Life Stories

Is it worth knowing about the lives philosophers led, or is their philosophy enough?


Ripped from the blank pages of history.

Saint Teresa of Avila is best known in her ecstatic state, as captured in marble by the sculptor Gian Bernini — her arched back, her body caught in an orgasmic wave, the moan from her parted lips almost audible. She felt the presence of God as an erotic power, the connection between the divine and the mortal as an energy unlike any other. This chaste 16th-century nun wrote about her soul being penetrated by the arrow of the angel, “so excessive was the sweetness caused me by this intense pain that one can never wish it to cease, nor will one’s soul be content with anything less than God.”


  • Betraying Spinoza: The Renegade Jew Who Gave Us Modernity by Rebecca Goldstein. 304 pages. Schocken. $22.
  • Examined Lives: From Socrates to Nietzsche by James Miller. 432 pages. Farrar, Straus and Giroux. $28.
  • How to Live: Or A Life of Montaigne in One Question and Twenty Attempts at an Answer by Sarah Bakewell. 400 pages. Other Press. $25.
  • When I Am Playing with My Cat, How Do I Know That She Is Not Playing with Me?: Montaigne and Being in Touch with Life by Saul Frampton. 320 pages. Pantheon. $26.

In reality, St. Teresa spent her life trying to distinguish between that real religious ecstasy — a power that was worthy of God — and abobamiento, a foolish stupor. She knew the human mind is drawn to excess, and one can create a fantastical connection that isn’t there. The foundations of belief, of meditation and piety, that’s the hard work that creates the space for real transcendence.

As it happens, though, she attracted devoted followers who just wanted to writhe on the ground and be ravished by the spirit. Followers do that sometimes. They hear what they want to hear and disregard anything inconvenient. So when Teresa the nun became head of a convent, it was occasionally filled with these young, flailing, “oh my sweet Jesus” sexually confused girls. One such girl was pissing off the older nuns, who knew this carrying on was not the sweet touch of God but merely an hysterical libido. After she relayed yet another night of passionate divine embrace, the abbess admonished the lay nun, “We don’t need you here for your raptures, but for washing the dishes.”

If the young nun was disappointed in this answer, it’s probably because she confused St. Teresa the Bernini sculpture for St. Teresa the slightly frumpy, disapproving nun. Philosophers did not always live out their philosophy. Certainly not every minute of every day. I heard a young woman once argue for the removal of Simone de Beauvoir’s The Second Sex from the feminist canon because of the existentialist philosopher’s tormented love life. And she did suffer, greatly, from her romantic entanglements. The young woman couldn’t hold the contradiction in her head, that a woman who participated in her own sexual degradation could write a book that gave witness to the societal degradation of the female part of the species. Maybe our assumption is that their lives would be — or should be — the perfect example of the abstract made concrete. The divine in the mortal body. The “I think therefore I am” in the grocery aisle.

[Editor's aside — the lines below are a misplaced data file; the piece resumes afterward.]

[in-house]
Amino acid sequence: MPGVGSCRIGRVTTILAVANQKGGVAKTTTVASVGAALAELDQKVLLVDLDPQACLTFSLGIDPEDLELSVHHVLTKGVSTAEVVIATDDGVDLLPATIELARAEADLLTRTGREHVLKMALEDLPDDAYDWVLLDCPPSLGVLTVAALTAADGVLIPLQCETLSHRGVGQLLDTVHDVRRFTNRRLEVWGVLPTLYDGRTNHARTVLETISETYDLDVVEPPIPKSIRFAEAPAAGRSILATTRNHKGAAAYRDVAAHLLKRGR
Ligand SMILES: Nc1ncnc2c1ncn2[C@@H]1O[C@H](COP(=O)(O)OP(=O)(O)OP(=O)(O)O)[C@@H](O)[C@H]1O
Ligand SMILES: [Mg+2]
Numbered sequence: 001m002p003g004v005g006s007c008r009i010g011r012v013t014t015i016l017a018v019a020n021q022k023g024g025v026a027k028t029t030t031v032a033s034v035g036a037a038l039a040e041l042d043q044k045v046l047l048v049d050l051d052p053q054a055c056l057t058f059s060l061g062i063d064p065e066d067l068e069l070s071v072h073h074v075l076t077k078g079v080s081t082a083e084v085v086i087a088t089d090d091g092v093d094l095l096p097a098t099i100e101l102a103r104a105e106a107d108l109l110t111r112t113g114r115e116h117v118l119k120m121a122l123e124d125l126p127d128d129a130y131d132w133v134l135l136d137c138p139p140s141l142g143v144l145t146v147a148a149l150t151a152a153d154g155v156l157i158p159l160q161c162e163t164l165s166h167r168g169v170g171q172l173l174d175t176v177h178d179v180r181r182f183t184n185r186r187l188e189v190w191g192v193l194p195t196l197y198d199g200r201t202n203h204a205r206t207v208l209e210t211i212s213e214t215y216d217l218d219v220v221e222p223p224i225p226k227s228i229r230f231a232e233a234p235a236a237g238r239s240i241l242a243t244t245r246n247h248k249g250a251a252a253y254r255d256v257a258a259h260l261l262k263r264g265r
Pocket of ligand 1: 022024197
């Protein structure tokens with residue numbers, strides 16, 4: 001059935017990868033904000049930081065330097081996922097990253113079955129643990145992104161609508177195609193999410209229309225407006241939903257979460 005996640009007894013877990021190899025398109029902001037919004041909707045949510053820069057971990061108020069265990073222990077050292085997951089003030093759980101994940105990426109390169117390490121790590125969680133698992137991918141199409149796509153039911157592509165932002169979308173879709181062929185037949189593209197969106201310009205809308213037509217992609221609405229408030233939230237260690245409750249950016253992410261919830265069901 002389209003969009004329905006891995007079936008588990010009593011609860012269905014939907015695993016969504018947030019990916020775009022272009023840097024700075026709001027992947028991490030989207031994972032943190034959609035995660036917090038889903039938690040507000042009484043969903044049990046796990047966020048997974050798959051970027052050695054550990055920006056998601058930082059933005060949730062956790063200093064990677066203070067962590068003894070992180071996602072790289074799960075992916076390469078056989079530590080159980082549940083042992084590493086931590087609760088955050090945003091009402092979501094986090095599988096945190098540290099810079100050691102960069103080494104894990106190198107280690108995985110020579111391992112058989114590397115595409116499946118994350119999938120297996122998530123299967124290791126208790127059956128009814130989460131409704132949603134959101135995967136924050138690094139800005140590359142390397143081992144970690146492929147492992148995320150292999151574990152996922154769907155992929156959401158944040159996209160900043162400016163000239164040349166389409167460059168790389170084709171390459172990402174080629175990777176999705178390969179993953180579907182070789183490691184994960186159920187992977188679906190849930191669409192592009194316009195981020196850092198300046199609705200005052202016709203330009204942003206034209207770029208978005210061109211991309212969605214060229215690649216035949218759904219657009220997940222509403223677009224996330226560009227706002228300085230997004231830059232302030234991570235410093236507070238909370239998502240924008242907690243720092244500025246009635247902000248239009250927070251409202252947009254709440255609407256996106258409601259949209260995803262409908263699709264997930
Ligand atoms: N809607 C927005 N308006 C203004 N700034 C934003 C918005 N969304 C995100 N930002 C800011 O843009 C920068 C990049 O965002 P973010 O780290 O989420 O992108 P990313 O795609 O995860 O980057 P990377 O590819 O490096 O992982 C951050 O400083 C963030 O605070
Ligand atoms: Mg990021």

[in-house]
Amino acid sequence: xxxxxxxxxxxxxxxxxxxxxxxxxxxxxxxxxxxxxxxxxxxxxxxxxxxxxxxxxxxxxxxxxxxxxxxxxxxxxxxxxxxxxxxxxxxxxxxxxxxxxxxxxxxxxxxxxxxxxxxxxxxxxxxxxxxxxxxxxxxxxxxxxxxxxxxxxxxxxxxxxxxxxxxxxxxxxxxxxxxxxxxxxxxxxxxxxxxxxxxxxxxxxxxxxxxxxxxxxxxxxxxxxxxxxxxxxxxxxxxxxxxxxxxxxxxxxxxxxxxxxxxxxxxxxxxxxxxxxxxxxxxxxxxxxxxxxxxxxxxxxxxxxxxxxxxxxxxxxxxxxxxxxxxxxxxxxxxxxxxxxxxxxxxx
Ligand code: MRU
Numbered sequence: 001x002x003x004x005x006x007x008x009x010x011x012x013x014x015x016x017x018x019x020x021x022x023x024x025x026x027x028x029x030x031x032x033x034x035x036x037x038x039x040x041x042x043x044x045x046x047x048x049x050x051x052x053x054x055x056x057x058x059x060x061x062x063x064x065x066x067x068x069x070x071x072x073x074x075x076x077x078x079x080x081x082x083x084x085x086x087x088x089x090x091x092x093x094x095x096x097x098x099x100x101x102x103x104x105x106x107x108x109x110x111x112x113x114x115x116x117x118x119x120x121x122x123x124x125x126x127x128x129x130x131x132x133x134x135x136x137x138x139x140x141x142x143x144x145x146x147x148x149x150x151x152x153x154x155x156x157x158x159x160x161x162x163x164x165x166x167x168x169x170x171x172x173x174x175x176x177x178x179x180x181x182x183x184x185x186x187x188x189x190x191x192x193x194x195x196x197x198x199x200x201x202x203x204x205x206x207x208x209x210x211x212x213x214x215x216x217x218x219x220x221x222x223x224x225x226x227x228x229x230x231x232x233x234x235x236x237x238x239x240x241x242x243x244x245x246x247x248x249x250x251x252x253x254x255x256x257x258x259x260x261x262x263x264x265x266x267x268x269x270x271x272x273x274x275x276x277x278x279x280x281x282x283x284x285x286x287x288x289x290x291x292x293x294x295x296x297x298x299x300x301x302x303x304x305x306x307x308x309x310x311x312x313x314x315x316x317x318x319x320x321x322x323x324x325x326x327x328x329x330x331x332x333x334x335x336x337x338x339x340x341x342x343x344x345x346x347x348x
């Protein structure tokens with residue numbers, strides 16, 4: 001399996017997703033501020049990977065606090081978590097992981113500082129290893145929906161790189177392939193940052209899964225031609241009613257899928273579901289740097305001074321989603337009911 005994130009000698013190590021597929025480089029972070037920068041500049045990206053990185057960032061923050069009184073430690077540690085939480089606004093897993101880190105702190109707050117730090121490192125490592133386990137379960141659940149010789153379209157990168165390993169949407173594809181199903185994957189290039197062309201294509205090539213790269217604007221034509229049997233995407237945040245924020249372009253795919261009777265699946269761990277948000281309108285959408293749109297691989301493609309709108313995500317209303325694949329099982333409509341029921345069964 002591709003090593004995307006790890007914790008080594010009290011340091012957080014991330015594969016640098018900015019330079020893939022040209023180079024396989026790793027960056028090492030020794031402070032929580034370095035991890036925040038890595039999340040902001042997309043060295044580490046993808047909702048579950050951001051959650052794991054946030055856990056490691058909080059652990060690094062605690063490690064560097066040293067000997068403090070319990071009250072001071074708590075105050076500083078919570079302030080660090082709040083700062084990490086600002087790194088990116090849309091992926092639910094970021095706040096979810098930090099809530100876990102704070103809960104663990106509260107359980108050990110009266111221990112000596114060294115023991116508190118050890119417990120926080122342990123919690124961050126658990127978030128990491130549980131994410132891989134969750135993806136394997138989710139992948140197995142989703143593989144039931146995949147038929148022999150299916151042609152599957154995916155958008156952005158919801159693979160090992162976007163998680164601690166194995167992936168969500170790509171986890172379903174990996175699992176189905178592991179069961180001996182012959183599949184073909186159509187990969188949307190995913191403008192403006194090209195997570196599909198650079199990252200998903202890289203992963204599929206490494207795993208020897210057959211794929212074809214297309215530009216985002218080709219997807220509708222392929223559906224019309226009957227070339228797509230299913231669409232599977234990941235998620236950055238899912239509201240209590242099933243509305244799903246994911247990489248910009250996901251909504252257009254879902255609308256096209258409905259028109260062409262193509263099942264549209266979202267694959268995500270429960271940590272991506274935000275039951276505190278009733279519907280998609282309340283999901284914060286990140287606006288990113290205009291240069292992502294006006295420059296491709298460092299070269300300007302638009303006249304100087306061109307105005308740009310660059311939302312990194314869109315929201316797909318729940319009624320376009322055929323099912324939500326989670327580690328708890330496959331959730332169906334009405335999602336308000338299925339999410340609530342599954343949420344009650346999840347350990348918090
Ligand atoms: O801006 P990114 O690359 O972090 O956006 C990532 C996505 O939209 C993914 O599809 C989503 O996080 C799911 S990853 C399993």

That intersection between the philosopher and the philosophy is a messy and sometimes disappointing one. When we discussed the lives of the philosophers in the past, it was always directly through the lens of their teachings. Was Socrates exactly as Plato and other followers depicted him? No, because as Miller points out in his introduction to Examined Lives: From Socrates to Nietzsche, the first biographers of philosophers — such as Plutarch, Seneca, and Diogenes Laertius — were more concerned with portraying the man and philosophy as one, their “one true self… immaterial, immortal, and unchanging.” Their lives were used to illustrate their ideas, and what was lost — the personal details and tiny truths — were sacrificed for the Truth of their work. Miller’s profiles of the real lives of 12 philosophers attempt to offer a corrective and view the men as they really were: mortal and seeking, and occasionally really screwed up.

It’s a project more suitable for our modern age than the legends of yore. As philosopher Rebecca Newberger Goldstein points out in her book Betraying Spinoza: The Renegade Jew Who Gave Us Modernity, we are a culture “endlessly captivated by the drama of the self in all its distinctive singularity.” Mankind has always been able to find the universal in the personal, but now we’re really, really personal. Allegory is no longer satisfying. We want real life stories from our writers, our philosophers, our pop stars, our saints. It’s no surprise that Michel de Montaigne is having some sort of big comeback, with two introductions to his work for the general reader out in the last year. His philosophical essays are rooted entirely in his personal daily life, from his kidney stone to his observations on the interactions between the sexes. There’s something about these books’ approach to philosophers — books that try to create a man out of the philosopher of Spinoza and the philosophers profiled in Miller’s book, and the others trying to create a philosophy of life out of the man of Montaigne — that illuminates our culture’s ambivalence with the philosophical life and the people dealing with the question of how to live.

In James Miller’s Examined Lives, we see the gaps between ideal and practice much more clearly. Nietzsche tried to accept life as it came, enjoy it, and let go of regrets. He kind of famously failed at this. Rousseau, who used all that free will he was always going on about to decide to abandon his children to a foundling home and accuse his closest allies of conspiring against him, wrote, “How sweet it would be to live among us if exterior appearance were always the image of the heart’s disposition, if our maxims served as our rules, if true Philosophy were inseparable from the title of Philosopher!” Diogenes is perhaps the only pure philosopher in Examined Lives. He taught others to break societal taboos, and he enjoyed masturbating and shitting in public. That’s a man committed to his belief system. No wonder, then, that he had fewer devoted followers living by his example than St. Teresa.